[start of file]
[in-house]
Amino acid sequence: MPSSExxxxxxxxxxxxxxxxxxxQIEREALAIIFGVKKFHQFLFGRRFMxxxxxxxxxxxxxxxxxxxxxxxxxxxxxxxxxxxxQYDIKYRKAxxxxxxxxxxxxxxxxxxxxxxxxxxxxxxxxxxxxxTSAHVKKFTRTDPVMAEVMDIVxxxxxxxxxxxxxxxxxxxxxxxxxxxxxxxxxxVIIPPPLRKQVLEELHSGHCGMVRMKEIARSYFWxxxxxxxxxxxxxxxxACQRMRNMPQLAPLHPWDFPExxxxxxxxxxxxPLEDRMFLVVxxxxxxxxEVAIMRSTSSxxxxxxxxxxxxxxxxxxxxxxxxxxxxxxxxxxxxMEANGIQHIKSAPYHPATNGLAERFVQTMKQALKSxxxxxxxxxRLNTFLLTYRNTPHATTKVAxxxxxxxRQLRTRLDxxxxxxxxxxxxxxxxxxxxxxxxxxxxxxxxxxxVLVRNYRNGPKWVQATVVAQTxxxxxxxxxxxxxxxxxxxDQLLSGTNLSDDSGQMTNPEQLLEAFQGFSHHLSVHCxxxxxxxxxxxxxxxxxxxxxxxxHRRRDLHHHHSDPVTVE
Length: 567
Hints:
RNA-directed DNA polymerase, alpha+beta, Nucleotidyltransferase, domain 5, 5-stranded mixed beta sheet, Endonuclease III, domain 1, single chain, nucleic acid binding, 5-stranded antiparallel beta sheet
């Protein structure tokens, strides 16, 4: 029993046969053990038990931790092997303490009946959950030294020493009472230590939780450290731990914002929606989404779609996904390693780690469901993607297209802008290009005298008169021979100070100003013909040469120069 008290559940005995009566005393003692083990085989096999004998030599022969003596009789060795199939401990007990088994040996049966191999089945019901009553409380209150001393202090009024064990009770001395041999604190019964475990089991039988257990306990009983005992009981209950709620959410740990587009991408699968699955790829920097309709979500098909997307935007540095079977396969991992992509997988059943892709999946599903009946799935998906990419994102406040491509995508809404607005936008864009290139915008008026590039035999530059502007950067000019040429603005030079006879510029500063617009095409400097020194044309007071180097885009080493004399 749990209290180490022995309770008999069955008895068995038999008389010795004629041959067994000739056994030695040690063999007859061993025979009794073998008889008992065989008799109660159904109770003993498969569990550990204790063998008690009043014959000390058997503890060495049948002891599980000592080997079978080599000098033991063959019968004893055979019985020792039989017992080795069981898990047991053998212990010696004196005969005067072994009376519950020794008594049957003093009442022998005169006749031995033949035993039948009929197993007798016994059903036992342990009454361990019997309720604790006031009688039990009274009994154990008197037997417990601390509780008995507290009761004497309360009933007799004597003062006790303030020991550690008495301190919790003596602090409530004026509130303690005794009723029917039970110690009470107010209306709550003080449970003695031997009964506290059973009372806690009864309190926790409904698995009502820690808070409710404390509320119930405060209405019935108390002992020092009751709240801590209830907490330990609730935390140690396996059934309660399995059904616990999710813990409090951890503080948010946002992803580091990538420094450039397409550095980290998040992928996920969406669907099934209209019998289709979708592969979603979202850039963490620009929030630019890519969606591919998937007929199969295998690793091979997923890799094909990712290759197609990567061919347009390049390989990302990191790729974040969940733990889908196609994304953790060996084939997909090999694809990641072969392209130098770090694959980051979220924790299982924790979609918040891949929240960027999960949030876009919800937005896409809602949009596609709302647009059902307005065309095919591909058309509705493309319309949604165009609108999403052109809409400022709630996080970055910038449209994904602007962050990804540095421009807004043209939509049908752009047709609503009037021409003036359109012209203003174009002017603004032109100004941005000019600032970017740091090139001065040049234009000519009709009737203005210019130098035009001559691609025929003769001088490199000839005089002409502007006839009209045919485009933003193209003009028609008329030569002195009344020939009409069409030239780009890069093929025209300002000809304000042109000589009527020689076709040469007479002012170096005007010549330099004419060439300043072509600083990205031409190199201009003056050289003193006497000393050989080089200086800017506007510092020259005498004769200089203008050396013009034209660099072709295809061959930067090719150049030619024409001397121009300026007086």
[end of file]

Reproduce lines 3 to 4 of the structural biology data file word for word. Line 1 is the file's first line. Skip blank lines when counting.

Length: 567
Hints: